Therefore, Kasparov rejects the widely-held belief that Putin is popular at home. To this point he retorts:
If Putin is so popular, why not have free and fair elections and a free media? Persecuting bloggers and arresting a single protestor standing in the town square holding an anti-Putin sign does not strike me as the behavior of a popular ruler.
The entire definition of approval and popularity of a democratic leader has no application in an autocracy. When there is only one restaurant in town and it has only one item on the menu, and no other restaurants are allowed to open, is it popular? … This leads into another of the myths, that the opposition was simply not competent or charismatic enough to challenge Putin … Our members were banned from the media, slandered, prohibited from holding meetings and rallies, frequently physically assaulted, raided and harassed by the police, and blocked from appearing on ballots. What brilliant and coherent message, what transcendent leader, would have led us to power under those circumstances? (180-181)
If Putin’s mafia-style government could maintain its wealth and power merely through suppressing political freedoms, democracies could safely ignore this problem (unless they shared a border with Russia). However, as Kasparov argues, Russia “exports corruption” that weakens democracies. Putin seeks to “co-opt and quiet the West by recruiting prominent individuals. When everyone is guilty, no one is guilty, goes the logic” (164). For instance, the oligarchs offer lucrative deals to Western investors and companies who then take the wealth back home and oppose the sanctions that could force Russia to reform (158-159). Though democracies may encourage Russia to protect human rights, Kasparov argues:
The Kremlin was not changing its standards; it was imposing them on the outside world. The mafia corrupts everything it touches… Putin and his cronies received the stamp of legitimacy from Western leaders and businesses while making those same leaders and businesses complicit in their crimes. (161-162)
Instead of encouraging political reforms, economic engagement allowed Russia to buy “respect where it cannot be earned” (205). As corruption flows out of the Kremlin and spills onto democracies, it contaminates the democratic process itself. Kasparov warns against politicians and other leaders who downplay Putin’s threat:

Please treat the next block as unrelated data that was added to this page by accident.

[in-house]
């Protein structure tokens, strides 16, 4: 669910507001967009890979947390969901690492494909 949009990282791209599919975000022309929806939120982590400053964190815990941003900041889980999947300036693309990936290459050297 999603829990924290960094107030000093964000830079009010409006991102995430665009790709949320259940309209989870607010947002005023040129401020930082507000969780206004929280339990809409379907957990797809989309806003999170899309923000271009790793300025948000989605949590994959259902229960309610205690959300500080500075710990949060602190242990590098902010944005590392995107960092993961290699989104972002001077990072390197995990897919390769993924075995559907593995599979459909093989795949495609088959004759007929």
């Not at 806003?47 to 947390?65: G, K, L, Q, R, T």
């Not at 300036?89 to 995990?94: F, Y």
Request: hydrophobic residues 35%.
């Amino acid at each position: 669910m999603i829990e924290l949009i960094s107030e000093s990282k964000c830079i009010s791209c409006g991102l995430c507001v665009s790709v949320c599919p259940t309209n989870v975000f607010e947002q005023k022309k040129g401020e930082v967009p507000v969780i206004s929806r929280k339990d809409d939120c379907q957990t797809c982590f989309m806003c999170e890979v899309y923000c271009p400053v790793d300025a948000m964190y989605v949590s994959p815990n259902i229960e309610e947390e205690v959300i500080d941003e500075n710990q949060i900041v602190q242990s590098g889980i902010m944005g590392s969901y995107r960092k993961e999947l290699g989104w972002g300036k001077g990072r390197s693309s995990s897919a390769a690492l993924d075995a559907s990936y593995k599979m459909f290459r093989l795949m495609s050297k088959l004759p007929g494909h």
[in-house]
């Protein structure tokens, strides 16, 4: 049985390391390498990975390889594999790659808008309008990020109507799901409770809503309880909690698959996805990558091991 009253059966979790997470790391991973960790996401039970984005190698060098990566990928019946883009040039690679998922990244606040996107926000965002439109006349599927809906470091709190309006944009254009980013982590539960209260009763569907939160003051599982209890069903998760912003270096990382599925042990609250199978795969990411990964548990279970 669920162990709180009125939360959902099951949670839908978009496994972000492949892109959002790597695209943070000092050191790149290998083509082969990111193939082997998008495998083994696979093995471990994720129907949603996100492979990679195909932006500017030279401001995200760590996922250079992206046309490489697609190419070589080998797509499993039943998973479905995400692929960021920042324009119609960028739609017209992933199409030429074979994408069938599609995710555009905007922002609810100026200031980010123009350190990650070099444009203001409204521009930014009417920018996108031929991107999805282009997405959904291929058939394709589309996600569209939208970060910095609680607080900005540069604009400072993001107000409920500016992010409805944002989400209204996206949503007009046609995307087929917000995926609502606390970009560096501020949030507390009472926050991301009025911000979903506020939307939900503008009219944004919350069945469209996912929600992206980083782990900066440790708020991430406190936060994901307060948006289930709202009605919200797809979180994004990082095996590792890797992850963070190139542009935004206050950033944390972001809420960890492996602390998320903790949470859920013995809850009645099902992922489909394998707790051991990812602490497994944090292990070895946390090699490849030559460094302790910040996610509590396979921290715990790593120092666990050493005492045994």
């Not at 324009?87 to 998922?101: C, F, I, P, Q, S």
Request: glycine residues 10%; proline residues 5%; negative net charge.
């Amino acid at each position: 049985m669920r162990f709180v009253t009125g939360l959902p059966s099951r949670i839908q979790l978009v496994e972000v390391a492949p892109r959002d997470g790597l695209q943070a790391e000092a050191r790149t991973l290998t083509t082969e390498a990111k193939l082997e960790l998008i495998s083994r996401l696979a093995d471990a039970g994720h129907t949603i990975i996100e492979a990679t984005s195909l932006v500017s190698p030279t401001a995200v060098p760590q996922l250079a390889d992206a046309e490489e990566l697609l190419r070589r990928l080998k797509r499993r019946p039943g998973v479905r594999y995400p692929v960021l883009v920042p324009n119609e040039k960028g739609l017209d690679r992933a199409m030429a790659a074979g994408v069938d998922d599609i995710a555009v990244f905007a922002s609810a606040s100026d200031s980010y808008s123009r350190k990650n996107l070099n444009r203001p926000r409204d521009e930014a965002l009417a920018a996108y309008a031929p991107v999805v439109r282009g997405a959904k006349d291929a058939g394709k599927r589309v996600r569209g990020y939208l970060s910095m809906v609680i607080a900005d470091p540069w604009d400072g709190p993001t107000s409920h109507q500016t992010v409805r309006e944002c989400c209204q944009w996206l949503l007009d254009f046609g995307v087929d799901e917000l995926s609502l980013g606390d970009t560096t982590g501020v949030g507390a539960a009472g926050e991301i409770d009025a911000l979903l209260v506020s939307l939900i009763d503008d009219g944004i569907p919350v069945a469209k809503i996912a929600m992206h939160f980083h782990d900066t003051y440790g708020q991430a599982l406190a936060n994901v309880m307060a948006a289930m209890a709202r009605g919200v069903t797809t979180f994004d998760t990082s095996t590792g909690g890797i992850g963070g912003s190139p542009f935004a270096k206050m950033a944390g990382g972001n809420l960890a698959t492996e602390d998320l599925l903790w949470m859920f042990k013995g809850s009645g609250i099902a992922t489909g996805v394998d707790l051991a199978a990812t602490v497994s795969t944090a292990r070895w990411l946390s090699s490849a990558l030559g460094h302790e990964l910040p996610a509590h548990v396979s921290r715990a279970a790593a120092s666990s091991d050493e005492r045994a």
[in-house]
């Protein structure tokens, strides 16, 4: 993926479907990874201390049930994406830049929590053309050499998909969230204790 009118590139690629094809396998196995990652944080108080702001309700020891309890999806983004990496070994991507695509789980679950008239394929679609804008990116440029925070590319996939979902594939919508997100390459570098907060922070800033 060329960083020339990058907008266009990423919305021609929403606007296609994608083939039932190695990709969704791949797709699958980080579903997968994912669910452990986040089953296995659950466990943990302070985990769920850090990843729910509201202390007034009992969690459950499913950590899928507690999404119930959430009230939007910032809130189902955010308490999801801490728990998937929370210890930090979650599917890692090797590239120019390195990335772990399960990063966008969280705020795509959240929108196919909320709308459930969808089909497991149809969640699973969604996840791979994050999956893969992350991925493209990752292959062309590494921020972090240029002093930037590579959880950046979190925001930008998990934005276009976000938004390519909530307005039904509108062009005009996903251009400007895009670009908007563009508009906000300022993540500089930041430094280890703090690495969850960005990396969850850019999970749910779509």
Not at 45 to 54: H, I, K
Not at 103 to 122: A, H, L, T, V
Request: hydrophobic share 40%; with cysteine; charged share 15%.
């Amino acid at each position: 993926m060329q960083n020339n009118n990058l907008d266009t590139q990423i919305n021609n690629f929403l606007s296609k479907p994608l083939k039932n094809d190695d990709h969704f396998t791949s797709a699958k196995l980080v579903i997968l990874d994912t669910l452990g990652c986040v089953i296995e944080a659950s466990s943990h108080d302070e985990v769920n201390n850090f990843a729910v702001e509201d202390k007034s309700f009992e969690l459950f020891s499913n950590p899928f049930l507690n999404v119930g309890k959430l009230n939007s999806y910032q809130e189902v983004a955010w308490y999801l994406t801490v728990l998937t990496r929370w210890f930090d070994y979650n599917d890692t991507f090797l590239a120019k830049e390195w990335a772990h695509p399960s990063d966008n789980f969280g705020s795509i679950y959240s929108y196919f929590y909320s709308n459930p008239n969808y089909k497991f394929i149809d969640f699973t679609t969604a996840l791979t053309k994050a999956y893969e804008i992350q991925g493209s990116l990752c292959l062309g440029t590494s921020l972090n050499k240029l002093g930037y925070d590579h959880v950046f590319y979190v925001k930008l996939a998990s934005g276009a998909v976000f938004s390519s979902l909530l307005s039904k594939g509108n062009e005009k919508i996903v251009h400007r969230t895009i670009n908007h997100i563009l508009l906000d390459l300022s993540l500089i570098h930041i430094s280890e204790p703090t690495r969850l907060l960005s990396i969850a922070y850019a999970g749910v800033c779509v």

Anyone who says they are still uncertain about Putin’s true nature at this point must be joking, a fool, or tricking us… [T]ricksters must be watched carefully. For at least a decade now, those who defend Putin either have something to gain from it or they are dangerously ignorant. (102)
These warnings seem reasonable, but whereas Winter is Coming effectively rebuts the Kremlin defenders, it does not provide sufficient evidence that democracies should be concerned about Russia exporting corruption. Ample evidence may exist, but the book should have been given a more thorough exposition.
Though he could do more to explain how Russia exports corruption, Kasparov does give several policy recommendations. For instance, democracies can use their economic power to pressure the oligarchs, though he advises against a complete boycott of Russia (164-165). Meanwhile, democratic leaders should speak directly to the Russian people about the kleptocracy, instead of appeasing Putin. He pointed to Radio Free Europe/Radio Liberty and Voice of America as examples that helped his cause against communism (72-73). The book also insists that democracies should not ignore human rights, use them as bargaining chips for strategic purposes, or forget them when convenient (113).
Nevertheless, Winter is Coming mostly “preaches to the choir”, telling idealists what they like to hear without providing enough evidence to convert realists. Kasparov also seems to downplay how the US and other democracies may be forced to cooperate with Russia while pursuing essential strategic objectives. This cooperation may require pragmatic compromises that anger human rights activists. More importantly, the US must cooperate with China despite its human rights record. If the US treats the two countries inconsistently, a moral foreign policy could quickly turn incoherent. (For now China and Russia have lately behaved differently so deserve to be treated differently: e.g., Russian attack aircraft flew a mock bombing run on a US Navy destroyer in the Baltic Sea, while Chinese aircraft have been less provocative.) Threatening Russian oligarchs with sanctions may be easy when America has limited economic ties to Russia, but threatening Chinese autocrats could threaten America’s economy. Ultimately, some actions designed to promote political freedoms may be counter-productive if they limit the American prosperity that allows the US to use economic, military, and soft power to achieve its foreign policy.
Overall, Kasparov’s witty writing style plus his personal, on-the-ground perspective as a Russian activist make Winter is Coming a lucid and fascinating read. It is an essential book for those who view foreign policy through a human rights framework.
Mark Melton is the Deputy Editor for Providence. He earned his Master’s degree in International Relations from the University of St. Andrews and focuses on civil conflict and European politics.
Photo Credit: Red Square in the Snow. By ManWithAToyCamera, via Flickr.